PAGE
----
Endothelin (ET) is a 21 amino acid peptide produced following the cleavage of its precursor, big ET, by a metalloprotease, the endothelin-converting enzyme (ECE). In the study reported here we determined the minimal peptide sequence of big ET necessary for enzyme recognition and cleavage at the P1-P1' site. Furthermore, we have explored the role of the amino acids found at the boundaries of the cleavage site. To reach these goals, we synthesized a series of fragments, all containing the P1-P1' cleavage site, Trp21-Val22. Following the incubation of peptide fragments with a partly purified bovine ECE preparation and after analyzing the cleavage pattern by high-performance liquid chromatography (HPLC), we were able to identify big ET18-23 amide as the minimal peptide core recognized and cleaved by the enzyme. This hydrolysis was inhibited by phosphoramidon but not by thiorphan, a characteristic of the ECE metalloprotease. However, none of the shorter peptides was able to inhibit the cleavage of big ET-1 by ECE, suggesting that they are not recognized by the enzyme. Particularly, it appears that aspartic acid 18 is a key residue for the recognition phenomenon. The delineation of the minimal structure will be a useful tool to further characterize ECE.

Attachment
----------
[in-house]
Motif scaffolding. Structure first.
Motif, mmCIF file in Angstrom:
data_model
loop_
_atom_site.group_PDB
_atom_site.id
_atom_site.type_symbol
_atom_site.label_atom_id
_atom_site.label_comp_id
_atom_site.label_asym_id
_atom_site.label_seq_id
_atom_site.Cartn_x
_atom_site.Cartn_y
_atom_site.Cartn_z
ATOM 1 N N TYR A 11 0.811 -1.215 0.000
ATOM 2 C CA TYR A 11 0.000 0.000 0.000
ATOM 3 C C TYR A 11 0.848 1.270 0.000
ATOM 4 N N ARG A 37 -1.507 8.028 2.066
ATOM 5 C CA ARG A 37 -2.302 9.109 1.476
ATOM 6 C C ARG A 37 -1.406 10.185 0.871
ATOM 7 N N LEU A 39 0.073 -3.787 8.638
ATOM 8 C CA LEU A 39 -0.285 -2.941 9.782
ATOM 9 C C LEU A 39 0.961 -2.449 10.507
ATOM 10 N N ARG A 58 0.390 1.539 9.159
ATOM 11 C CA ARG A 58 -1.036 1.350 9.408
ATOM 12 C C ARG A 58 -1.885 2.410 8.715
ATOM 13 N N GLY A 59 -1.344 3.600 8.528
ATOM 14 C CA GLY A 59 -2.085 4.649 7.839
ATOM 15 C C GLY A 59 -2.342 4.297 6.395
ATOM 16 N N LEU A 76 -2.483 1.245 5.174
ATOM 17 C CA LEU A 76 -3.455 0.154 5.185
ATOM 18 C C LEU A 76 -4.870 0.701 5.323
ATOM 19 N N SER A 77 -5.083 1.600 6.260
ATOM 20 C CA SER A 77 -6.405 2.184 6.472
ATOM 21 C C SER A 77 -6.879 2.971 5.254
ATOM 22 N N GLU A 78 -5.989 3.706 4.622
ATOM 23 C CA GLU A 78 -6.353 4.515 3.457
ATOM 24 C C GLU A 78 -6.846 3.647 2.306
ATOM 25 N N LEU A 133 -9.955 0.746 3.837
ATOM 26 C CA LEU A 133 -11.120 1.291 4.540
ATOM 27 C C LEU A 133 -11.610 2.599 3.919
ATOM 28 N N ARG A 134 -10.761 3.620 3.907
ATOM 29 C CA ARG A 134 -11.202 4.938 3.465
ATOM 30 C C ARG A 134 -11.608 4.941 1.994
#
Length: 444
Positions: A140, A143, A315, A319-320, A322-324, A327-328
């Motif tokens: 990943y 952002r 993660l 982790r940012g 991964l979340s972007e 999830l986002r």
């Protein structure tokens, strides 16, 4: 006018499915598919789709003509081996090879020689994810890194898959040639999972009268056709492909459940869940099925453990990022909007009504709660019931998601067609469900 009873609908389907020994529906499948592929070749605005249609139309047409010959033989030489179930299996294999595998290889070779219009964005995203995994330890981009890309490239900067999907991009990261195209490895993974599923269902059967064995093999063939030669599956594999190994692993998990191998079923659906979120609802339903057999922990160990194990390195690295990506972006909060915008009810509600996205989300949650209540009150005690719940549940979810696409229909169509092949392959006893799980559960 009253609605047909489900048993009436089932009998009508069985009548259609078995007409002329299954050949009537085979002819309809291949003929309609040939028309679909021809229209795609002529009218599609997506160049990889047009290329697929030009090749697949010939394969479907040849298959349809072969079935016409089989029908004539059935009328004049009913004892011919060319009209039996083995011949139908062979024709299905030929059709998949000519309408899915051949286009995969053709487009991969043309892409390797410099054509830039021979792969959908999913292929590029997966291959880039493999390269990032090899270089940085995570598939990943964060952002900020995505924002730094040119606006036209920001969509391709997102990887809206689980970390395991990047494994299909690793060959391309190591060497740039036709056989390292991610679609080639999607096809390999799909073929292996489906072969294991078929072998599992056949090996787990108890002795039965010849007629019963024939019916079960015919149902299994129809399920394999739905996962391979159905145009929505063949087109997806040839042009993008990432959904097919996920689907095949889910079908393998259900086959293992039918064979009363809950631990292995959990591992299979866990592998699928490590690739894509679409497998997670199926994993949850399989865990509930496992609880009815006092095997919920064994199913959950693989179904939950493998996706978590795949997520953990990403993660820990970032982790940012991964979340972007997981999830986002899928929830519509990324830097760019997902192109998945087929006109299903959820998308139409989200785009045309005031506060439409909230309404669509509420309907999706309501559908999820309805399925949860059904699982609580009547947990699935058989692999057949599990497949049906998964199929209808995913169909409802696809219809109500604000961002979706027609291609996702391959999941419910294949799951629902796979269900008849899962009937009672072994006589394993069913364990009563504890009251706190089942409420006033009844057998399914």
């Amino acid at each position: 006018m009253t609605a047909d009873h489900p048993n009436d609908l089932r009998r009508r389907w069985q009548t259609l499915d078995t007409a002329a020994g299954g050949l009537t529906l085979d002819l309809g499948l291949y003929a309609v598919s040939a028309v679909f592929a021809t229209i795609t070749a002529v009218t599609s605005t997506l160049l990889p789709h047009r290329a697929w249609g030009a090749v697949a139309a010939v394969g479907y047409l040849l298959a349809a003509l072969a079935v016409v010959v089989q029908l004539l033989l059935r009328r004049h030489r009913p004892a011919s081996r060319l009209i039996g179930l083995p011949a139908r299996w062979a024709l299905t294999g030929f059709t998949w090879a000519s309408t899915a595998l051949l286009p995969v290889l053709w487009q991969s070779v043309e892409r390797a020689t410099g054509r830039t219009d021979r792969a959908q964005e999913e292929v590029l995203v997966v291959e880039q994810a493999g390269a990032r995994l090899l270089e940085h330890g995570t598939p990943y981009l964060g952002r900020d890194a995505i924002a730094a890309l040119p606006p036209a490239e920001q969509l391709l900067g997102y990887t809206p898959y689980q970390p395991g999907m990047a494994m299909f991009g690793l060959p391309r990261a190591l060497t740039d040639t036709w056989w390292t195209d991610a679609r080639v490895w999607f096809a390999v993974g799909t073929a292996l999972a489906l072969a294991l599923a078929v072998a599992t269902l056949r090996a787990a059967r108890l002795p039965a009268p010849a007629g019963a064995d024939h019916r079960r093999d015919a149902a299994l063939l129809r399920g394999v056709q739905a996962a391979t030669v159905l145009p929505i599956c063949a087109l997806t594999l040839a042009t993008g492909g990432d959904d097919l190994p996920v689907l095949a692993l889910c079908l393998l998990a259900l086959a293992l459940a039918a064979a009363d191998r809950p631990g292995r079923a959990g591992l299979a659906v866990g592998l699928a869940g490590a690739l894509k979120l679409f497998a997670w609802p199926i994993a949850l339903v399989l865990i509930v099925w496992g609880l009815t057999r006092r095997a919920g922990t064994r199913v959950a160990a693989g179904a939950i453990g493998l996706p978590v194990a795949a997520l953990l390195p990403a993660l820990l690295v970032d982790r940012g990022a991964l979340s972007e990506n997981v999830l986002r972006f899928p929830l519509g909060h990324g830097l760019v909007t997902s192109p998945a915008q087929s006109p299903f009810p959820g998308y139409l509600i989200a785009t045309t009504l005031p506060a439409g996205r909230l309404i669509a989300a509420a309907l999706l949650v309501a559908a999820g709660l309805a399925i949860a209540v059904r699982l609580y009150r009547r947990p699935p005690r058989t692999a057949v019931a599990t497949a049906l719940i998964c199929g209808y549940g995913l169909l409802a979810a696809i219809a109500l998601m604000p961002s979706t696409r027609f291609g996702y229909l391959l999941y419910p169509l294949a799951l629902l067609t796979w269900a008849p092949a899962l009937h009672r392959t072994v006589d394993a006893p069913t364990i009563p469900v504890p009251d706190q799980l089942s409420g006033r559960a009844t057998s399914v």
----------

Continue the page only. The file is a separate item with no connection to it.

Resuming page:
Address correspondence and reprint requests to Dr A. Fournier, Centre de recherche en santé humaine, INRS/Institut Armand-Frappier, Université du Québec, 245 Hymus, Pointe-Claire, Québec, Canada H9R 1G6.
© 2000 Lippincott Williams & Wilkins, Inc.